Dennis Miller built his entire stand-up career on this premise.

    Do I win?
    I'd love a subscription!

  • c u n d gulag on December 19, 2012 7:37 AM:

    I do beg to differ on one thing, Kathleen - neither Paglia nor Morris will top Megan McArdle.

    No one ever will!
    No one ever can!
    Or, at least not for a long, long time.

    She has set the stupid and callous bar so high, that humans will have to exceed the speed of light to top it.

    Higgs Boson gives us hope, but the time to be able to act on, and harness, that hope is far, far in the future - if ever.

    When humans cease to exist, probably by self-destruction via one means or another, I hope that when aliens finally arrive to assess what happened, what they find are the works of Shakespeare, and McArdle's epic Newtown post.

    They will see the extremes of human possiblities and thought, encompassed in one species by two writers, and realize, that any society that published the both of them, could never have survived for long.

    That that level of those extremes, surely meant that anything in between was not able to endure and survive the pull of dualities that strong, and of such polar opposites - at least, not for long.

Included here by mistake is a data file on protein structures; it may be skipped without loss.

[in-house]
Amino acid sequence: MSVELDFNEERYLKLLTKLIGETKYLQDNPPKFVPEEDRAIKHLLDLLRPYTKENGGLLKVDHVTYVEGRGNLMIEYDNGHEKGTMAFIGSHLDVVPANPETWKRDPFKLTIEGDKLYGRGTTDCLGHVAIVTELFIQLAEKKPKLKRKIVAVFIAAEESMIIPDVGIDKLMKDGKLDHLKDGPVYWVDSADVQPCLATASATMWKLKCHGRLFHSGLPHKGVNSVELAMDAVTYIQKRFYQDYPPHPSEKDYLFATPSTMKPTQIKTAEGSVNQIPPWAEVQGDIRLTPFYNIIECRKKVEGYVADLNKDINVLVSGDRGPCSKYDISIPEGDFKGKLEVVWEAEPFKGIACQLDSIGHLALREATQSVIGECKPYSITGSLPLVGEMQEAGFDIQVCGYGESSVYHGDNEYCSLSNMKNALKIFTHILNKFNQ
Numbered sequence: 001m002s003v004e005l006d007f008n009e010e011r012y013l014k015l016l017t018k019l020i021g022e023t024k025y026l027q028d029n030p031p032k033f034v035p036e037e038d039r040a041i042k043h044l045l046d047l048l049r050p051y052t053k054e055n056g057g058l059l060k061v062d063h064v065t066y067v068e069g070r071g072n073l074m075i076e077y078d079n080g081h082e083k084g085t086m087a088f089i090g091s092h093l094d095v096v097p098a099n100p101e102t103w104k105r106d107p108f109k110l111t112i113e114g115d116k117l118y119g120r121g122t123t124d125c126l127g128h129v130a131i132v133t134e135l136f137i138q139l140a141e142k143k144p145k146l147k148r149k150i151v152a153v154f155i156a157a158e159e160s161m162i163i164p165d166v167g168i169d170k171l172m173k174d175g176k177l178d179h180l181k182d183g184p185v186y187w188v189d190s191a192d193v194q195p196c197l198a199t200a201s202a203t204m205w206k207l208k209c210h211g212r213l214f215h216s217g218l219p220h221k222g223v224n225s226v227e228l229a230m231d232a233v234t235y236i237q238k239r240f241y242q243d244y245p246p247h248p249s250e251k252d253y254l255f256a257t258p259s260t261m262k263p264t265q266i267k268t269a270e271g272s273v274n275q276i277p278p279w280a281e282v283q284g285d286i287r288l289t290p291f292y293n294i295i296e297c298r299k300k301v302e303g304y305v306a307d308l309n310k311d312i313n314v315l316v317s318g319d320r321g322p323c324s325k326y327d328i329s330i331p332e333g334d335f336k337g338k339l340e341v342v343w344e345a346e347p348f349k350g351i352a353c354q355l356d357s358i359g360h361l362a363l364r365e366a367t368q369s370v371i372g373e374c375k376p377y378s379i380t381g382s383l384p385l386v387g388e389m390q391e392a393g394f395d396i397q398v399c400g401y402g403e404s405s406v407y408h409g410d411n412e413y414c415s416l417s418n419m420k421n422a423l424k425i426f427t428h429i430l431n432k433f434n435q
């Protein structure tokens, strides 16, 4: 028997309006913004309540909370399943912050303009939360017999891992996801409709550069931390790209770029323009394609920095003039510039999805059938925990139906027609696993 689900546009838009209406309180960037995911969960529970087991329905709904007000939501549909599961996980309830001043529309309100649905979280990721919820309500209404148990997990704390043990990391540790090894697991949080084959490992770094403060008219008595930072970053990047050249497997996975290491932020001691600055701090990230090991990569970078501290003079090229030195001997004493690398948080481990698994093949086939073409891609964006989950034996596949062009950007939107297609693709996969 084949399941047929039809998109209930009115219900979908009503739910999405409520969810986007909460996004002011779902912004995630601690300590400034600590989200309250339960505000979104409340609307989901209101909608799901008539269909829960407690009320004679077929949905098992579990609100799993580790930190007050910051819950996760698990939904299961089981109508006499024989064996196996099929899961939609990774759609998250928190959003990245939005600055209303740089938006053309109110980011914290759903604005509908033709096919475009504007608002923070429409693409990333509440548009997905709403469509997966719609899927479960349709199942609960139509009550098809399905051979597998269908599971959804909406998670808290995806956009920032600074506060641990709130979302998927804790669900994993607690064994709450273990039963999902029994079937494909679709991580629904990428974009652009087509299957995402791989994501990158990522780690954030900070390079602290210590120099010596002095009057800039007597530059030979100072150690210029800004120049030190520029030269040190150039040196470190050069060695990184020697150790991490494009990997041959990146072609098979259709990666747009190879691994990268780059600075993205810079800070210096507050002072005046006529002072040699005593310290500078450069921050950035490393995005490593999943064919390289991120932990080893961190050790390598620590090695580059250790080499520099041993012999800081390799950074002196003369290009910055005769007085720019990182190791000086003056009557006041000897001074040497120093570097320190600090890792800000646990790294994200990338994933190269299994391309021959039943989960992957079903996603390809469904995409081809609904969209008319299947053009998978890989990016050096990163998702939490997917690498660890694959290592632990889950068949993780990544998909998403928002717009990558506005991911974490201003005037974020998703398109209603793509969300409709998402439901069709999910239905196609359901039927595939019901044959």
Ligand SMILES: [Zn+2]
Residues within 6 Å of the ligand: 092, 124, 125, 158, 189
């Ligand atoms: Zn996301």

I hope that by disagreeing with you, this doesn't cost me my free subsription! ;-)

  • Ron Byers on December 19, 2012 8:08 AM:

    My problem with all the punditry is that it is all fact free, at least as far as the killer is concerned. I would like to know more about him and his relationship with his mother before I reach any conclusions.

    What do we know about that family anyway?

  • dr2chase on December 19, 2012 8:32 AM:

    Gotta love gun wisdom from Burroughs. Perhaps we could get some medical advice from Doctor Benway, too?


    If you've got to be clueless, there's worse ways to do it than quoting Burroughs.

  • Stetson Kennedy on December 19, 2012 9:13 AM:

    Dennis Miller built his entire stand-up career on this premise.

    I have a small quibble on this point. Dennis Miller actually built his career as a standup comedian by being a smart chronoler of social and political mores; you know, back when he was a liberal! Since his "conversion", he's simply mailing it in, because you know he really doesn't believe what he's saying.

  • CRA on December 19, 2012 9:25 AM:

    Mr. Douthat, Myrhh doesn't prepare the bodies for grave -- people do.

  • rk21 on December 19, 2012 9:30 AM:

    You know Muslims and Arabs are demonized for their attitudes and callousness about violence. At least they have a cause, however twisted it may be. What cause does McAardle have that she sits at a cushy job advocating five yr olds (sorry "teens") be taught suicide tactics for the greater good. Golda Meir once said about the Palestinians "Peace will come when the Arabs will love their children more than they hate us". Well maybe we can say this about Americans, the massacres will stop when Americans love their children more than their guns.